Anyway, my first realization is that, like my mind, apparently, m y body also needs time to wake up.  I hadn’t noticed this in the pool so much, but it wasn’t until 3-4 kilometers into my run when my legs decided that they too were finally alive and kicking.  This wasn’t such a big deal as I hadn’t planned for anything beyond an easy pace, but for those days when I’ve planned for something more energetic like a quick-paced tempo or speed workout, I may have to give myself a bit more time to loosen up before I get to business.  Noted!

Aside from this, the early stages of the run were quite pleasant.  I turned onto Thunder Bay Rd. from my home and ran directly into the most amazing pink and orange sunrise and it continued like this for the first 6-7 kilometers as I ran along the lake along MacDonald Dr. and the dawn spread out before me like an incredible landscape painting in progress.  There was little to no traffic to worry about, birds were singing and all the local critters were still out and about feasting on dewy grass by the side the road.  There were lots of bunnies, squirrels, chipmunks, deer and even a pair of gorgeous orange orioles that accentuated the colors of dawn nicely.  It was running through a Group of Seven painting; not at all shabby at all.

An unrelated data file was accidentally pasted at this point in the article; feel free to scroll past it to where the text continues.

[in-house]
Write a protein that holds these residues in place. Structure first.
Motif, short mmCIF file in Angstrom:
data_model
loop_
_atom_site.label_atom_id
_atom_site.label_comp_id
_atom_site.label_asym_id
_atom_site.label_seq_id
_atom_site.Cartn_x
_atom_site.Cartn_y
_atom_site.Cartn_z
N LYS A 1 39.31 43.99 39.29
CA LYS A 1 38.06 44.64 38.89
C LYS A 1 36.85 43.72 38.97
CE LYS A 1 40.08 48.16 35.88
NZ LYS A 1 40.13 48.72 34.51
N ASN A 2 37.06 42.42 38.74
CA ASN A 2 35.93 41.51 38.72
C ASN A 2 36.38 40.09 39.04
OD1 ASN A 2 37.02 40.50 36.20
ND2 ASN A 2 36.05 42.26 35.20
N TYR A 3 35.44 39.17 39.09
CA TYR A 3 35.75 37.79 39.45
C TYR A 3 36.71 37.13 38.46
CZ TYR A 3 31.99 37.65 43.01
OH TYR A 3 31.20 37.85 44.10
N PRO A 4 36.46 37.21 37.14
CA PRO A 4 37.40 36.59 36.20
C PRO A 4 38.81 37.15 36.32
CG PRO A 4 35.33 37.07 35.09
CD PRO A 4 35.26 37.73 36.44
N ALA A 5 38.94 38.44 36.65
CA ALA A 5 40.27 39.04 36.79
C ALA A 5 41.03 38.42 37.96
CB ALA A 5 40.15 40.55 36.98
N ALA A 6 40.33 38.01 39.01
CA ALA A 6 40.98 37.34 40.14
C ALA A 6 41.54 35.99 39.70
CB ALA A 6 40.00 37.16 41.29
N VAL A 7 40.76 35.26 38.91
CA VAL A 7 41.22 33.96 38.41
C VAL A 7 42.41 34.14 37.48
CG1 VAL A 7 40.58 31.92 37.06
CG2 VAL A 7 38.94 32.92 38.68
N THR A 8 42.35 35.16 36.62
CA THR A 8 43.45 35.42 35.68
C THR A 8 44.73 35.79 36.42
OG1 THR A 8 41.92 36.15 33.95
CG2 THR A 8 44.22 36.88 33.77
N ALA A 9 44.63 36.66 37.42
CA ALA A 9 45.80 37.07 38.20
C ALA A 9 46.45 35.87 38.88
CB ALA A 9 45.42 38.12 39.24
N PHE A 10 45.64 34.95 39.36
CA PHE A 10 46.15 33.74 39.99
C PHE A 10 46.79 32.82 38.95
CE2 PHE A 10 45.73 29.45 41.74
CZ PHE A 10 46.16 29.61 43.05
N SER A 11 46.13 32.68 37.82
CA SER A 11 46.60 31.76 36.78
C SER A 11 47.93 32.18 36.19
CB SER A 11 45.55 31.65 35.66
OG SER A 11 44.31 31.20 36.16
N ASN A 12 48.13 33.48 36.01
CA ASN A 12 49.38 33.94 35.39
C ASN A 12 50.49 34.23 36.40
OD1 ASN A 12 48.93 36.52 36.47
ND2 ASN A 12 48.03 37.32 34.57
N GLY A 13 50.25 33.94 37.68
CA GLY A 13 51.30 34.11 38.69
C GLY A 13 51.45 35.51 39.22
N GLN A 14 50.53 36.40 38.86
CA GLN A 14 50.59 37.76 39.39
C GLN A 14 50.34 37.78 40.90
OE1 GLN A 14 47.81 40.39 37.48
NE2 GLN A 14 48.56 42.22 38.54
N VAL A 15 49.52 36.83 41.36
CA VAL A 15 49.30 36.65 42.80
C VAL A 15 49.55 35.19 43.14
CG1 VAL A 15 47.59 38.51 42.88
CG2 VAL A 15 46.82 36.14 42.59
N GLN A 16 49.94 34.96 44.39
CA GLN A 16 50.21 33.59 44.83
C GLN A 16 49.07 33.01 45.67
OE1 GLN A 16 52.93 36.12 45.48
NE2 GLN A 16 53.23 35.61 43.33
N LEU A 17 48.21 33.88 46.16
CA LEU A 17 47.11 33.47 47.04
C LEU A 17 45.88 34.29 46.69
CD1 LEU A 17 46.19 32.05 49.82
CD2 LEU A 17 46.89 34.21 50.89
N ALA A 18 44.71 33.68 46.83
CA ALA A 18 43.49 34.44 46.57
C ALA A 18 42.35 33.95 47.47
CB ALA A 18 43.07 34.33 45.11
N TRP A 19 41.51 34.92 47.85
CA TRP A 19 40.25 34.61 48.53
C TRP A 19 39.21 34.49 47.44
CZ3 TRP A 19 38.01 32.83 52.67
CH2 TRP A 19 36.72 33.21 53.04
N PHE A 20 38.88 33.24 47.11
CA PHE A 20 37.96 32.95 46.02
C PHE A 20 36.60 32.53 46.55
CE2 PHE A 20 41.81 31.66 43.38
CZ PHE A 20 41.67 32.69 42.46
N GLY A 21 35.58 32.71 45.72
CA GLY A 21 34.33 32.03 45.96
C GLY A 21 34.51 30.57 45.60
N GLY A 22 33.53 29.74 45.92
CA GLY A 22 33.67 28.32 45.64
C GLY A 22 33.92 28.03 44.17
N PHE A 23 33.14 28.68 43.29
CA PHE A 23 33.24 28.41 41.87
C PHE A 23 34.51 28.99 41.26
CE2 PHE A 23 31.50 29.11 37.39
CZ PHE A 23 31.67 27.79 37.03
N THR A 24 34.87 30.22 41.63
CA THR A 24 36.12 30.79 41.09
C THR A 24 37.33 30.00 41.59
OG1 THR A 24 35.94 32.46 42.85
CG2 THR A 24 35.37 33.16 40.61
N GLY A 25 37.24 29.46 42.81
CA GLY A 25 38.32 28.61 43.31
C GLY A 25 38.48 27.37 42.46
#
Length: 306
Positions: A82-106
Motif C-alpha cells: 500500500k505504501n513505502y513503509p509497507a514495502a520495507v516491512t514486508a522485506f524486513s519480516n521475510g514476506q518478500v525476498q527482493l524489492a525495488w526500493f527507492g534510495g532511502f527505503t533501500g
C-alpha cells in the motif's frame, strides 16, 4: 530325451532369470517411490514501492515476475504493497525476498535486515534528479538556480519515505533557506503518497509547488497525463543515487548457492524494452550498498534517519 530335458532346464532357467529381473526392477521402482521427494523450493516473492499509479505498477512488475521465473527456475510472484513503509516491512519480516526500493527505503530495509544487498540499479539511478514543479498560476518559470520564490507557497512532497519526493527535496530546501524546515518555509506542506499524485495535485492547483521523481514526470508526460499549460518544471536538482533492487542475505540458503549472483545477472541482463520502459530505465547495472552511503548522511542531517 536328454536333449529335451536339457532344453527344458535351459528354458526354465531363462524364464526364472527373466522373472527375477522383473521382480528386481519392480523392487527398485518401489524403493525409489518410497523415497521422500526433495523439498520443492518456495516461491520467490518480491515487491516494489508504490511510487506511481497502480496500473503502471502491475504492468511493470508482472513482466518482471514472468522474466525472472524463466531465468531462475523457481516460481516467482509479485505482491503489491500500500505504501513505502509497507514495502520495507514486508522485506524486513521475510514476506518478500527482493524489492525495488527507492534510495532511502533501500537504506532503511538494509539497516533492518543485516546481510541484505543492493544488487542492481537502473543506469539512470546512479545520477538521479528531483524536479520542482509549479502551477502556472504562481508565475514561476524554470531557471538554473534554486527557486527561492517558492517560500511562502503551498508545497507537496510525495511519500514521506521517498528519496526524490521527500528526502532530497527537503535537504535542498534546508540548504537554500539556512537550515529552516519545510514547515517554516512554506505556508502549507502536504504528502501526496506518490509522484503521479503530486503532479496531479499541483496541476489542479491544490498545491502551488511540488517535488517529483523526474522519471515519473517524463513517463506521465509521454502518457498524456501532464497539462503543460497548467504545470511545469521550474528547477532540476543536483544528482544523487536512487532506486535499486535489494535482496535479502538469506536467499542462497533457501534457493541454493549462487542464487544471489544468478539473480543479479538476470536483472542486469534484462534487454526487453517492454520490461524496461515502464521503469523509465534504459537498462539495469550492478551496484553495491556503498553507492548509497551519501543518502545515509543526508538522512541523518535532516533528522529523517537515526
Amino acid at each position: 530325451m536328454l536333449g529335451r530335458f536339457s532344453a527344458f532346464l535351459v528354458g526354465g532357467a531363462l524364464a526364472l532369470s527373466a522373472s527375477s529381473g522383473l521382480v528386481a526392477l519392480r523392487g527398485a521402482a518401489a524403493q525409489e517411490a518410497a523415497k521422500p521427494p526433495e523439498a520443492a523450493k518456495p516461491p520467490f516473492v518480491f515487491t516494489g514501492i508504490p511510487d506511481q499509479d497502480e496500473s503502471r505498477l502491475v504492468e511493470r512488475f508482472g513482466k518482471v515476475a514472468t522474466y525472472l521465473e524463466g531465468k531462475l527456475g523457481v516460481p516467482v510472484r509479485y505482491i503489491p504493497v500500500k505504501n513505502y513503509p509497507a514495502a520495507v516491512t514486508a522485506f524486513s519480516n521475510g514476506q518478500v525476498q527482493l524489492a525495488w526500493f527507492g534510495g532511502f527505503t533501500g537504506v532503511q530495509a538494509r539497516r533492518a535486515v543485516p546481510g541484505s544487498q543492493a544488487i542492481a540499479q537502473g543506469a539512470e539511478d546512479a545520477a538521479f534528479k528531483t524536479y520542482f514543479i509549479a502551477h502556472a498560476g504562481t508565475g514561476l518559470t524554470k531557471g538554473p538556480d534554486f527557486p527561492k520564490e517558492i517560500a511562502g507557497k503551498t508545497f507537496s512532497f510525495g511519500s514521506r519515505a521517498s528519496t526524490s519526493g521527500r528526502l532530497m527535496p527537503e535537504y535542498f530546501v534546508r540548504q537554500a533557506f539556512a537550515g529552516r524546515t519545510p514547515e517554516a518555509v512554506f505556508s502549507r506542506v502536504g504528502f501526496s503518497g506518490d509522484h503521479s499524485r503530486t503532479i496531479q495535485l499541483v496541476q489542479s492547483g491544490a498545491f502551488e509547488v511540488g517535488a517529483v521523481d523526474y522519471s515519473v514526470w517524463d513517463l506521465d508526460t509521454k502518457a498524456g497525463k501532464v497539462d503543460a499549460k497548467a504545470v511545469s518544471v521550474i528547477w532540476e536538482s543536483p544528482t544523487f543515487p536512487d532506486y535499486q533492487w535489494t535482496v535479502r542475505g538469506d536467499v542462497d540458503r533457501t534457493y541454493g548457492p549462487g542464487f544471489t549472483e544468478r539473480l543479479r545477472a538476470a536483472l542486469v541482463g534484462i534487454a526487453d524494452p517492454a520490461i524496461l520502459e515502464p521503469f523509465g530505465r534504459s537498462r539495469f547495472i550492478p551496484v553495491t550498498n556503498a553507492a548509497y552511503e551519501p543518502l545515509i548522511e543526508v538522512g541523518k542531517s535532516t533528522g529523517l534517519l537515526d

So for the first half of the run things went smoothly.  Then, I felt the first grumblings of trouble brewing in my stomach…quite literally.  Running in the mid-morning/early afternoon allowed me to have something to eat, have a cup of coffee and pass my morning constitutional well before needing to go outside and work out, so I never really had to experience this, well, let’s call it a ‘sensation’.

Around the half way point of my run, or about the 50 minute mark, I started to worry a little.  Surely it would pass.  Wouldn’t it?  God, let it pass.  But no!  A few kilometers more and a few passed farts later and my concern shifted to panic as serious cramps began to set in.  I realized at that moment that there was no way I was ever going to make it home without having to lighten the load, so to speak.